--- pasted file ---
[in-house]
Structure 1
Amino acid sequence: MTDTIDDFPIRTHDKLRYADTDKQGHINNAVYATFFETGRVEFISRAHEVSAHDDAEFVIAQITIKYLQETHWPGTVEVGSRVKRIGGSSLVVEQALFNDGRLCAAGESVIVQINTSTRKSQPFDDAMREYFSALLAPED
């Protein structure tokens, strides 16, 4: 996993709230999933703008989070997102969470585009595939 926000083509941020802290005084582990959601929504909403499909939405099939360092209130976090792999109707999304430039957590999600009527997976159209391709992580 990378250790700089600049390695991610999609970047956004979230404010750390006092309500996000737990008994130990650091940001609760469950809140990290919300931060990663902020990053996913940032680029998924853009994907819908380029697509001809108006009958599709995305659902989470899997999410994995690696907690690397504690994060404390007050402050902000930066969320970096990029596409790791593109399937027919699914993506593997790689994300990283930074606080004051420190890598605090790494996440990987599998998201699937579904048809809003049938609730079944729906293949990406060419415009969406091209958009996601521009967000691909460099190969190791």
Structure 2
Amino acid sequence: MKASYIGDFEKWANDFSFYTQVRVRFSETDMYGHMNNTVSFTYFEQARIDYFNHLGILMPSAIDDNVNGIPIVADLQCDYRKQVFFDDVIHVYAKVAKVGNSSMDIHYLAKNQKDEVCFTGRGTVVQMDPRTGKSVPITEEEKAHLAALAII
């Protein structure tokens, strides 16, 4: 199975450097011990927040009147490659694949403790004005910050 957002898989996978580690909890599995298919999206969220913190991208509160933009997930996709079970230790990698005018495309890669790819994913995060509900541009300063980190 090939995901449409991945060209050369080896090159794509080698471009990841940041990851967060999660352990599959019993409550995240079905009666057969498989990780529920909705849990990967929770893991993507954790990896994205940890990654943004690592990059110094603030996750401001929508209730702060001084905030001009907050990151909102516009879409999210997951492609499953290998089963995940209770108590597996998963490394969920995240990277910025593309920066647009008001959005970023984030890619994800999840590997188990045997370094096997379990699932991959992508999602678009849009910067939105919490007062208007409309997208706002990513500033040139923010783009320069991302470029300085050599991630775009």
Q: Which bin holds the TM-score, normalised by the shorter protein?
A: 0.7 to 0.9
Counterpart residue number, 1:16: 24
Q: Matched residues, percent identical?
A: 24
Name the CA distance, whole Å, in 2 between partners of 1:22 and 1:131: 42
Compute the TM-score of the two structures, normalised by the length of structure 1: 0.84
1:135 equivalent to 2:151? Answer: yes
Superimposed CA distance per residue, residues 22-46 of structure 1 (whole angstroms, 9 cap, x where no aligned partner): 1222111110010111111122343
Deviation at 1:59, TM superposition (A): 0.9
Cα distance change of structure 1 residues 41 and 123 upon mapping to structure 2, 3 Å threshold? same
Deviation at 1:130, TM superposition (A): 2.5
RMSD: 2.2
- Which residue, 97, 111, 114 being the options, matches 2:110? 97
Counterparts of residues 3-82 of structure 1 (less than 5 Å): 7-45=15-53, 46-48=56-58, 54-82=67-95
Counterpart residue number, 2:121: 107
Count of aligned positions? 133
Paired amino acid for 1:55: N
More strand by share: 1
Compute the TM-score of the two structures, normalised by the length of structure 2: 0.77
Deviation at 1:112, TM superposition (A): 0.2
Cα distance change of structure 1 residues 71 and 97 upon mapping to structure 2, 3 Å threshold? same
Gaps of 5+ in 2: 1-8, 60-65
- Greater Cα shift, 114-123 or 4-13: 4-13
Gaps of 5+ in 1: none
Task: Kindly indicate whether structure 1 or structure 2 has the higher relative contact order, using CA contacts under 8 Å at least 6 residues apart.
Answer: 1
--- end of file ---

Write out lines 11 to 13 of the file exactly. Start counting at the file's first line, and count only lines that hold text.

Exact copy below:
Q: Matched residues, percent identical?
A: 24
Name the CA distance, whole Å, in 2 between partners of 1:22 and 1:131: 42